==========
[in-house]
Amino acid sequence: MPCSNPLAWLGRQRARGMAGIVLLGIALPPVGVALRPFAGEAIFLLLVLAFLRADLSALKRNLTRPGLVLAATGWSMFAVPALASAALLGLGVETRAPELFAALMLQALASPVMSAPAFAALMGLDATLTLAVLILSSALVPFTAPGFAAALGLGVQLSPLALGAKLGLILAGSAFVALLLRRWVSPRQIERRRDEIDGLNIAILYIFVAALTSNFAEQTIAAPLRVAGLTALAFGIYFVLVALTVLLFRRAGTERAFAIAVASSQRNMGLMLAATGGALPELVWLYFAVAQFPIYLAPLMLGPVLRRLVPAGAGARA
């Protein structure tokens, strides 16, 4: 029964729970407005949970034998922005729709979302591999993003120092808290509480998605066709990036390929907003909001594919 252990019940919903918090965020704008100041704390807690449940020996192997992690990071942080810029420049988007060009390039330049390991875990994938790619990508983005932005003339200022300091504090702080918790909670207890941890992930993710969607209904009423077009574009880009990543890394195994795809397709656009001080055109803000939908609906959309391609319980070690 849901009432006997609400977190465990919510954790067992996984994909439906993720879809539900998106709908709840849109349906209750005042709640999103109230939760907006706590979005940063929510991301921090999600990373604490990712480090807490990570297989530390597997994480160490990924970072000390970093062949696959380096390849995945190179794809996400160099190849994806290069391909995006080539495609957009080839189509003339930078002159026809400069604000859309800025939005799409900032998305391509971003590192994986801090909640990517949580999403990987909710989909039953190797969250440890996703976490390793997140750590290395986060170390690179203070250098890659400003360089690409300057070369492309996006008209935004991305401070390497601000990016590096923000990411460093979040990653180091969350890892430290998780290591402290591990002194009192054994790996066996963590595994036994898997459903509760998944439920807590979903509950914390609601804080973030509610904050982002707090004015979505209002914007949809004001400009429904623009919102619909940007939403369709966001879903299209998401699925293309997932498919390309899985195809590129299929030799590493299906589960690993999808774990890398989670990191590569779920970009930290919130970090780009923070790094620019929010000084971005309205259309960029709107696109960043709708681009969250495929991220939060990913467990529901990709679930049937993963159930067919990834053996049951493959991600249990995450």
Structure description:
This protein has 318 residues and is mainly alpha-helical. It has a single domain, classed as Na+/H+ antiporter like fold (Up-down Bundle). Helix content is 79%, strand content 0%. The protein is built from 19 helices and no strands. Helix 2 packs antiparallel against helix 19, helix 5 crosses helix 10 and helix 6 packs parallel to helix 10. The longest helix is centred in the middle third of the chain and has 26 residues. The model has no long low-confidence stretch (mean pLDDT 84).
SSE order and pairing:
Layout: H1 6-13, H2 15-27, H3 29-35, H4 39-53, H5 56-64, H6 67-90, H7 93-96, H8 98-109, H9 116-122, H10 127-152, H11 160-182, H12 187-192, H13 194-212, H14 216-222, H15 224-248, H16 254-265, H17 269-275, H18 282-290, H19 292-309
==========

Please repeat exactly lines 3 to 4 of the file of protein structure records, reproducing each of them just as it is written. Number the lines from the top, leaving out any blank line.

């Protein structure tokens, strides 16, 4: 029964729970407005949970034998922005729709979302591999993003120092808290509480998605066709990036390929907003909001594919 252990019940919903918090965020704008100041704390807690449940020996192997992690990071942080810029420049988007060009390039330049390991875990994938790619990508983005932005003339200022300091504090702080918790909670207890941890992930993710969607209904009423077009574009880009990543890394195994795809397709656009001080055109803000939908609906959309391609319980070690 849901009432006997609400977190465990919510954790067992996984994909439906993720879809539900998106709908709840849109349906209750005042709640999103109230939760907006706590979005940063929510991301921090999600990373604490990712480090807490990570297989530390597997994480160490990924970072000390970093062949696959380096390849995945190179794809996400160099190849994806290069391909995006080539495609957009080839189509003339930078002159026809400069604000859309800025939005799409900032998305391509971003590192994986801090909640990517949580999403990987909710989909039953190797969250440890996703976490390793997140750590290395986060170390690179203070250098890659400003360089690409300057070369492309996006008209935004991305401070390497601000990016590096923000990411460093979040990653180091969350890892430290998780290591402290591990002194009192054994790996066996963590595994036994898997459903509760998944439920807590979903509950914390609601804080973030509610904050982002707090004015979505209002914007949809004001400009429904623009919102619909940007939403369709966001879903299209998401699925293309997932498919390309899985195809590129299929030799590493299906589960690993999808774990890398989670990191590569779920970009930290919130970090780009923070790094620019929010000084971005309205259309960029709107696109960043709708681009969250495929991220939060990913467990529901990709679930049937993963159930067919990834053996049951493959991600249990995450």
Structure description: